Expedition 27 Crew and Capsule Land Safely In Kazakhstan
WASHINGTON, May 23, 2011 /PRNewswire-USNewswire/ — Expedition 27 Commander Dmitry Kondratyev and Flight Engineers Cady Coleman and Paolo Nespoli safely landed their Soyuz spacecraft on the Kazakhstan steppe Monday, wrapping up a five-month stay aboard the International Space Station.
The trio landed at 10:27 p.m. (8:27 a.m. on May 24 local time) at a site southeast of the town of Dzhezkazgan. Kondratyev, the Soyuz commander, was at the controls of the spacecraft as it undocked at 5:35 p.m. EDT from the station’s Rassvet module. Once the Soyuz was 600 feet away, Nespoli took the first still images and video of a space shuttle docked to the station. The orbiting laboratory had to rotate 130 degrees to provide an ideal view for the historic imagery.
Russian recovery teams were on hand to help the crew exit the Soyuz and adjust to gravity. Kondratyev will return to the Gagarin Cosmonaut Training Center in Star City, outside of Moscow, while NASA’s Coleman and Nespoli of the European Space Agency will fly directly to Houston.
They launched aboard the Soyuz TMA-20 spacecraft from the Baikonur Cosmodrome in Kazakhstan on Dec. 15, 2010. As members of the Expedition 26 and 27 crews, they spent 159 days in space, 157 of them aboard the station. They worked on more than 150 microgravity experiments in human research; biology and biotechnology; physical and materials sciences; technology development; and Earth and space sciences.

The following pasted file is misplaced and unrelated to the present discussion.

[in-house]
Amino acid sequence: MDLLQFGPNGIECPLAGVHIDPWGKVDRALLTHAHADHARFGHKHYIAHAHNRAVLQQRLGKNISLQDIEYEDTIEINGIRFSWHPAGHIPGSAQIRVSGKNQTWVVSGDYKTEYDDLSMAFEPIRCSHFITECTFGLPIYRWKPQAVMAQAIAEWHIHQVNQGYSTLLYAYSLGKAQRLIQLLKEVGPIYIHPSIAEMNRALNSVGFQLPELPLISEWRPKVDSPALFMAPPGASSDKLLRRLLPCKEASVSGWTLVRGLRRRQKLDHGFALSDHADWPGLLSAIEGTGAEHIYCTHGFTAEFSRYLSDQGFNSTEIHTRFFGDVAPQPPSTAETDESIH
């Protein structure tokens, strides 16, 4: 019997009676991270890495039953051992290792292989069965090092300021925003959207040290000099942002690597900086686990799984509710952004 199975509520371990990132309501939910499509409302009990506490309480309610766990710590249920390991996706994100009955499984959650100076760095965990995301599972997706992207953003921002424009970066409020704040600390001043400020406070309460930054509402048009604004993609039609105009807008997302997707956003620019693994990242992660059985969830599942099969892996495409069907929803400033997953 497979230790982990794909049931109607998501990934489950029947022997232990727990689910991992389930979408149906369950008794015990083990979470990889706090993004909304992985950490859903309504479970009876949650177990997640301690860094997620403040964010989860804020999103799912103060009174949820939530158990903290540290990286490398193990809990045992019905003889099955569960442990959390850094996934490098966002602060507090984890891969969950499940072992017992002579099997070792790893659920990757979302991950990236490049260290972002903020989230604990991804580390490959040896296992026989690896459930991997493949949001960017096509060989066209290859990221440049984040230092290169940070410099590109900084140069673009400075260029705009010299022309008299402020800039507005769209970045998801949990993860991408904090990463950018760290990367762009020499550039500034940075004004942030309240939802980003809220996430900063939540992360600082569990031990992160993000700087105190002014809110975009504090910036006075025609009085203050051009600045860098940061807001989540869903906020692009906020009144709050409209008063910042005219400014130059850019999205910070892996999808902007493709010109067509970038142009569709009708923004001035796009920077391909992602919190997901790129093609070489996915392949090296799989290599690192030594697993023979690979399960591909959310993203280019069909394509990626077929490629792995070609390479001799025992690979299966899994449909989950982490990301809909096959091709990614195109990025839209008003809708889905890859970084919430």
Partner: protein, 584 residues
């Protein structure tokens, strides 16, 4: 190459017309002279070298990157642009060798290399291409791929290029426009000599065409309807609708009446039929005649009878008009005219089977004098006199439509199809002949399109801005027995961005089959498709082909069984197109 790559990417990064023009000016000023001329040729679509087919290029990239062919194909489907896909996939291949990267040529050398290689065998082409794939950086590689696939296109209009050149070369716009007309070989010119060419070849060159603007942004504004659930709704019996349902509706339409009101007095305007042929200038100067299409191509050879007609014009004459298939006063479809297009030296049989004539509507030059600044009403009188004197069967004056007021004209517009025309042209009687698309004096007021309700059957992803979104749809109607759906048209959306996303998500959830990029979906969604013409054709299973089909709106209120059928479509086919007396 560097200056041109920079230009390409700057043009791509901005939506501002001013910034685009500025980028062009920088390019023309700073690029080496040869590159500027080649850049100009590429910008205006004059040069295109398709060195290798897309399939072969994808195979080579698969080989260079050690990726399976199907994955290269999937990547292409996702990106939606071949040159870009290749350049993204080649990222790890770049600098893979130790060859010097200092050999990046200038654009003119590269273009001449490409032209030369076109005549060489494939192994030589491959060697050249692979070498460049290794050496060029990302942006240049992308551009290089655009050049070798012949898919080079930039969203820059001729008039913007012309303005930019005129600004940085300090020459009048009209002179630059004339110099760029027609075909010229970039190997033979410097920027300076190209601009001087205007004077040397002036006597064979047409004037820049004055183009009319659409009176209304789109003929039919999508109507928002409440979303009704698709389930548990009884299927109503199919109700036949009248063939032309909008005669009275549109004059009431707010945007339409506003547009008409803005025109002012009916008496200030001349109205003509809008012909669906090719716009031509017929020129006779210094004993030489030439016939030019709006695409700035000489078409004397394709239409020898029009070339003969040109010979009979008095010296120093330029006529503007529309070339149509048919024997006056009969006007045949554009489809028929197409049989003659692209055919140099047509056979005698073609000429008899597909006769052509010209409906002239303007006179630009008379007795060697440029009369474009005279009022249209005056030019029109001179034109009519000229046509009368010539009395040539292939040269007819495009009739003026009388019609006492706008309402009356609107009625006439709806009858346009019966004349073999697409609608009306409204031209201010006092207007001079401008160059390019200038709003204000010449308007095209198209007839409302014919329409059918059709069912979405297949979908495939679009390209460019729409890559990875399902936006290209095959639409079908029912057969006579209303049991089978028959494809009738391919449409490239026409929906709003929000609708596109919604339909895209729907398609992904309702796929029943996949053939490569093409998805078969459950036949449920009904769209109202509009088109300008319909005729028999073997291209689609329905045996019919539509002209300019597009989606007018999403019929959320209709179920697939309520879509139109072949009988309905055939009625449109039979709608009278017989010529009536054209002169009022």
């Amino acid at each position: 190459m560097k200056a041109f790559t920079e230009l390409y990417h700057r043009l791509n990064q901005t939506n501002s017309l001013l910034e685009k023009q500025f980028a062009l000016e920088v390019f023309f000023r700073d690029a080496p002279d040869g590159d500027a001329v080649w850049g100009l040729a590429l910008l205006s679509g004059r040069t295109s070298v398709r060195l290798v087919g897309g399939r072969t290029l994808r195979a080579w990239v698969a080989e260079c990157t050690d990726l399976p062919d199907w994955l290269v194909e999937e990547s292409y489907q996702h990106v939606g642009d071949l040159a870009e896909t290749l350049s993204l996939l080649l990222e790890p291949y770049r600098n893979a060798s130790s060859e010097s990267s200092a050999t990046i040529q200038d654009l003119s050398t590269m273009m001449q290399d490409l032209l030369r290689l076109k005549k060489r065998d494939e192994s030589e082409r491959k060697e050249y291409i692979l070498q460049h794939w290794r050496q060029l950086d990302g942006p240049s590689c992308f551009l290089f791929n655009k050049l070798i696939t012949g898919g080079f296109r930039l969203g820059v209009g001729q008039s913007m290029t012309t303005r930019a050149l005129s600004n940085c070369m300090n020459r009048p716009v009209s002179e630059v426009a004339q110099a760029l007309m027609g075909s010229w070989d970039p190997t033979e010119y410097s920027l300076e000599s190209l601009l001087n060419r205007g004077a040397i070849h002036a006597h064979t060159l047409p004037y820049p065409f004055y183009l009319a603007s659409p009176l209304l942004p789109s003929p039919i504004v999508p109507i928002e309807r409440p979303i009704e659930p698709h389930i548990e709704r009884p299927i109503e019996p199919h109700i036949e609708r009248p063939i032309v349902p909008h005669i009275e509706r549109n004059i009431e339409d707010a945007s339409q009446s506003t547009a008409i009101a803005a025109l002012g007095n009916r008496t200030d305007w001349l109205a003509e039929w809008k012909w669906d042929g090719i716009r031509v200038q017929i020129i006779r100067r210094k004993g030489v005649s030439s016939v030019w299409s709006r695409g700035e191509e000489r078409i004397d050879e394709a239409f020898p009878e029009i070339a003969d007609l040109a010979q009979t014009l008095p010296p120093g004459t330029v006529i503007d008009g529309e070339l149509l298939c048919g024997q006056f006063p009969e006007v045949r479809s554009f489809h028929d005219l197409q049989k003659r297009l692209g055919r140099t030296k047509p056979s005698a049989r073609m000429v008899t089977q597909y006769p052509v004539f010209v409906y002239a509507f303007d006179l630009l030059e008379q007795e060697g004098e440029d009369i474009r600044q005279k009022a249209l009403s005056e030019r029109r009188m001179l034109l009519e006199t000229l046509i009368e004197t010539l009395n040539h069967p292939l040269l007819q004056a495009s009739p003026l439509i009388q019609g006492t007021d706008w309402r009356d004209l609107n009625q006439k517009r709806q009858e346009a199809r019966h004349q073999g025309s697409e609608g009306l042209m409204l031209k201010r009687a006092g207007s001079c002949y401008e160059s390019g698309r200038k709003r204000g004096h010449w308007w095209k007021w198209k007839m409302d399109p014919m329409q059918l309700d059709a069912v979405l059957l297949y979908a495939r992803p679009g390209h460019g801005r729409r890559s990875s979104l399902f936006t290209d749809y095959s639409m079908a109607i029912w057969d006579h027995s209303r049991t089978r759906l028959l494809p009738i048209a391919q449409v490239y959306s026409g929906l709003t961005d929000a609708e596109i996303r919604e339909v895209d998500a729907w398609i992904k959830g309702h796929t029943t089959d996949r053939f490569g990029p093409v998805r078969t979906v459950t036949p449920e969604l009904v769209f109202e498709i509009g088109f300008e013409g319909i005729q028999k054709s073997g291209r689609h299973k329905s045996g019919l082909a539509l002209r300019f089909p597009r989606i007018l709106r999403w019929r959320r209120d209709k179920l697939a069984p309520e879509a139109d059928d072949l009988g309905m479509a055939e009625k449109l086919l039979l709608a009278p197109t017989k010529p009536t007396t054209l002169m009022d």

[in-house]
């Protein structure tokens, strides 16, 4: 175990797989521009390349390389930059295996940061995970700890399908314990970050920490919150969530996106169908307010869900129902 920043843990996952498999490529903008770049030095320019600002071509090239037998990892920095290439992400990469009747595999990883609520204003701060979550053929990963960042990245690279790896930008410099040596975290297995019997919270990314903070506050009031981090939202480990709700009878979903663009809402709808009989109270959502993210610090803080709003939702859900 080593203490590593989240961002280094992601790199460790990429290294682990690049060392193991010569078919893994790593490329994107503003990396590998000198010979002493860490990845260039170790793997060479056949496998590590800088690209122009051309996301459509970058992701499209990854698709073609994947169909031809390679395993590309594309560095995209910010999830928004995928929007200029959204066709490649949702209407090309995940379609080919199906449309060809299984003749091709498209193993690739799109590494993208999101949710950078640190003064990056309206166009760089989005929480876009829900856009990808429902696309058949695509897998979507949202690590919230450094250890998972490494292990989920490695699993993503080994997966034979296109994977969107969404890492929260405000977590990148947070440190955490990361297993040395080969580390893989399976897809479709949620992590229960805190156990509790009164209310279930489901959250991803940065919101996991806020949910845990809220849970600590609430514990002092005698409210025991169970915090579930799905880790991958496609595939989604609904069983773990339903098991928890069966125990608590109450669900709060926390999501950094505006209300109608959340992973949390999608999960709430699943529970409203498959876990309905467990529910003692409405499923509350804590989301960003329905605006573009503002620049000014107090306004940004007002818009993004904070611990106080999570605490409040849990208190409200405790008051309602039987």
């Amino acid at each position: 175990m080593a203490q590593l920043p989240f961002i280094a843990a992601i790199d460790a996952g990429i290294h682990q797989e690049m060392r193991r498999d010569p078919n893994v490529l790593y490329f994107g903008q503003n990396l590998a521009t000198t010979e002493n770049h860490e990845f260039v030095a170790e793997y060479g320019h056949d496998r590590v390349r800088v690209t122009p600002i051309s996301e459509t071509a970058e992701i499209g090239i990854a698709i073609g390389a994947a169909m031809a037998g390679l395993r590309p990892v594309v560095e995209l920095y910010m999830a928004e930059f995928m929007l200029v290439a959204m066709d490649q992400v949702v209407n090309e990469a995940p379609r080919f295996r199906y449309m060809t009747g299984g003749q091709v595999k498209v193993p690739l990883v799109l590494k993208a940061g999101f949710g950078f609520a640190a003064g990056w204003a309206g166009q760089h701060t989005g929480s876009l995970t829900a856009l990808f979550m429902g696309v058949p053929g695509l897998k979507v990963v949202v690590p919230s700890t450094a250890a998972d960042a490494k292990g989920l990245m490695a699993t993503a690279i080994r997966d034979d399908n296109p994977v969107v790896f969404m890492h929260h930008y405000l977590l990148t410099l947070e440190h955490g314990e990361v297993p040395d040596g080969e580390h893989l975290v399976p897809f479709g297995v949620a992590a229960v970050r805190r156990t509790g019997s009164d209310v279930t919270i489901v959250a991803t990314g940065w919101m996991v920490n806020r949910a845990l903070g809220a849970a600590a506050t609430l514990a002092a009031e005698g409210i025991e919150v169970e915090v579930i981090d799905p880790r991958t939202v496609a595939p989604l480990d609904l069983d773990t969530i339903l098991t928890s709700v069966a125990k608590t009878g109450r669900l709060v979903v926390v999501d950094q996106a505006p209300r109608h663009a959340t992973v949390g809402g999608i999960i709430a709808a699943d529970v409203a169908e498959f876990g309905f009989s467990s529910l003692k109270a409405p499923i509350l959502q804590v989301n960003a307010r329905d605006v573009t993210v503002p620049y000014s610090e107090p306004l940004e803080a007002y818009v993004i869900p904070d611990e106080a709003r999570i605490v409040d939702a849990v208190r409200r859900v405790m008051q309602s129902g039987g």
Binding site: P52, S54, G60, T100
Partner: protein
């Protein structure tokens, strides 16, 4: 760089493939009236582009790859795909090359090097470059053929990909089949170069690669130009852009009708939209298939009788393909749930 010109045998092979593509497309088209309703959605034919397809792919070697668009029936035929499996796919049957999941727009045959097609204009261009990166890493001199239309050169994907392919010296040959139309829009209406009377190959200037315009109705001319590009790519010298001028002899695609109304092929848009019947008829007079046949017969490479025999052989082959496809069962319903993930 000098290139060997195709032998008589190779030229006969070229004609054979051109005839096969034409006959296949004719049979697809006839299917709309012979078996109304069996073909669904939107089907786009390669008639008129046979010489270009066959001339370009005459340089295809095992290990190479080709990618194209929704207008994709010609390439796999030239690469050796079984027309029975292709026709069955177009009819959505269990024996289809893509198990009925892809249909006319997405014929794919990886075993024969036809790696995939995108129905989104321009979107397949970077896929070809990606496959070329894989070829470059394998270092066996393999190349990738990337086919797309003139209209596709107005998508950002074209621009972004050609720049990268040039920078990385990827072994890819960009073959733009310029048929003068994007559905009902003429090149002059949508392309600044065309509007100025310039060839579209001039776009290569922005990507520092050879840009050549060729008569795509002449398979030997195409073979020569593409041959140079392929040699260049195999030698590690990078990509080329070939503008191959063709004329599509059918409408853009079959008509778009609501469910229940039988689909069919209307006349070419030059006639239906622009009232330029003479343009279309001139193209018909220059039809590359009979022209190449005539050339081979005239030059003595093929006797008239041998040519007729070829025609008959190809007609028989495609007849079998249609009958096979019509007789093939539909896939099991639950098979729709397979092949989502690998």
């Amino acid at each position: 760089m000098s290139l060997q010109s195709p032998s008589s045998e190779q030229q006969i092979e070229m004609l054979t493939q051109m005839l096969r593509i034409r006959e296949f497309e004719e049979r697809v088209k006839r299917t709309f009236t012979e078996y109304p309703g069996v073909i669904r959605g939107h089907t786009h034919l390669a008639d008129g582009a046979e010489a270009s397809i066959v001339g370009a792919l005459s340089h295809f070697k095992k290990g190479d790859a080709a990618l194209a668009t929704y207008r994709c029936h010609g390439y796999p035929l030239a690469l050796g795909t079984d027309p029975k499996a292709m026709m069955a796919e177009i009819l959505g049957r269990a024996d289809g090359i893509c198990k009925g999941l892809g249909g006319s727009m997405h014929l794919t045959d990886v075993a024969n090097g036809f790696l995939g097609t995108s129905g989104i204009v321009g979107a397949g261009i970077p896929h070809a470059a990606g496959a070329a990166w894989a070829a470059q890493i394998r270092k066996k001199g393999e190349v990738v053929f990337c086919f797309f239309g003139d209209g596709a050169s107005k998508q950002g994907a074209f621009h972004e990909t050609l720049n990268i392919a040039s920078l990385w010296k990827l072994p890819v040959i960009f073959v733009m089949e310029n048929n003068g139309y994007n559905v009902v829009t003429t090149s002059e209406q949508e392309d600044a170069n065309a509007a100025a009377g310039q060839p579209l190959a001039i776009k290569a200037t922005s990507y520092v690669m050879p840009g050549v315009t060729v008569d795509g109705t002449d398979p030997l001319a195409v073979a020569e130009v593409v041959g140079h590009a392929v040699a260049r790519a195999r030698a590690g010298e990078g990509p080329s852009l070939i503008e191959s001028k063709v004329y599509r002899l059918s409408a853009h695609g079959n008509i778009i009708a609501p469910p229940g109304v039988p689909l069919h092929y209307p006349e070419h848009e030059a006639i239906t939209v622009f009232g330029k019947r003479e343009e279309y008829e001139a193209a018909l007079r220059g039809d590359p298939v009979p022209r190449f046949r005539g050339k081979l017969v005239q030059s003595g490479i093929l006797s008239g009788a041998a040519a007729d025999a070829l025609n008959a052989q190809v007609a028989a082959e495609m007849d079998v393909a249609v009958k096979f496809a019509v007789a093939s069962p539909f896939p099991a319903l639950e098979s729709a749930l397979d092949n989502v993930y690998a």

During the trio’s mission, the station welcomed a quick succession of international space vehicles including the Japanese Kounotori2, or “white stork,” H-II Transfer Vehicle 2; two Russian Progress cargo ships; the European Johannes Kepler Automated Transfer Vehicle-2; and space shuttles Discovery and Endeavour on their final flights. The shuttles delivered more than 15 tons of supplies necessary for working and living aboard the station, as well as the new cosmic ray detector, the Alpha Magnetic Spectrometer.
A veteran of three space flights, Coleman has logged 179 days in space. Nespoli has chalked up 174 days in space on his two flights. Kondratyev completed his first space mission.
Expedition 28 Commander Andrey Borisenko of the Russian Federal Space Agency and Flight Engineers Ron Garan of NASA and Russian cosmonaut Alexander Samokutyaev remain aboard the station.
Three new Expedition 28 crew members, Soyuz Commander Sergei Volkov, NASA Flight Engineer Mike Fossum and Japan Aerospace Exploration Agency Flight Engineer Satoshi Furukawa, will launch from Baikonur Cosmodrome in Kazakhstan in their Soyuz TMA-02M spacecraft at 3:15 p.m. on June 7 (2:15 a.m. Baikonur time June 8) and dock to the complex two days later.
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To view Coleman’s and Garan’s mission updates on their Twitter pages, visit: